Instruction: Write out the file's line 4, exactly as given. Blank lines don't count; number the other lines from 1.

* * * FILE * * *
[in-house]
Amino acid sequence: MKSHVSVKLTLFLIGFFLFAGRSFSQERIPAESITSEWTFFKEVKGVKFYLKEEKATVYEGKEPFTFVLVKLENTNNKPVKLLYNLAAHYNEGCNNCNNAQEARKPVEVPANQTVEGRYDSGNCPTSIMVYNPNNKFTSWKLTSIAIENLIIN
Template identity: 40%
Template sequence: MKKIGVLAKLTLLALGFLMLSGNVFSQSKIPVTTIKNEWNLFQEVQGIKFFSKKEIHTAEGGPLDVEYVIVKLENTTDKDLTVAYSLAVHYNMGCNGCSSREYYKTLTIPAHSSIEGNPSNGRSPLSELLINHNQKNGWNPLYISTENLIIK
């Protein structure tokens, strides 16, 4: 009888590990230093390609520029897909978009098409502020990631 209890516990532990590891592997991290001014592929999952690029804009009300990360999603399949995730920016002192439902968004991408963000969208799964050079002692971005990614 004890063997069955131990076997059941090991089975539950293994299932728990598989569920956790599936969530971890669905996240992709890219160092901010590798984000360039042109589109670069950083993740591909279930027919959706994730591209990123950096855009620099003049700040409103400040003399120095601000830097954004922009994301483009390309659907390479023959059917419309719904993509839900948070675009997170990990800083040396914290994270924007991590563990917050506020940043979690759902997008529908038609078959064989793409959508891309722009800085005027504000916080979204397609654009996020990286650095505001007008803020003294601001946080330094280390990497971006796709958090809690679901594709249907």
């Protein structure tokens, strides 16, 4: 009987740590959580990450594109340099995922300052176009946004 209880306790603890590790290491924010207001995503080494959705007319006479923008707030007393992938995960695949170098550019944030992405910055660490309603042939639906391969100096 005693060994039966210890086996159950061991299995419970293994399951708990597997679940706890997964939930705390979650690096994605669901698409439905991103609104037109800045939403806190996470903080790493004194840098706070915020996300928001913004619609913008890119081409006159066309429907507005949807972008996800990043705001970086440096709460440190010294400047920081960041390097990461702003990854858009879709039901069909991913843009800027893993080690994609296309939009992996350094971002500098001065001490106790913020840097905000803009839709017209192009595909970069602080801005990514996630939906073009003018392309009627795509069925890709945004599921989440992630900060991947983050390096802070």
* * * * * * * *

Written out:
Template sequence: MKKIGVLAKLTLLALGFLMLSGNVFSQSKIPVTTIKNEWNLFQEVQGIKFFSKKEIHTAEGGPLDVEYVIVKLENTTDKDLTVAYSLAVHYNMGCNGCSSREYYKTLTIPAHSSIEGNPSNGRSPLSELLINHNQKNGWNPLYISTENLIIK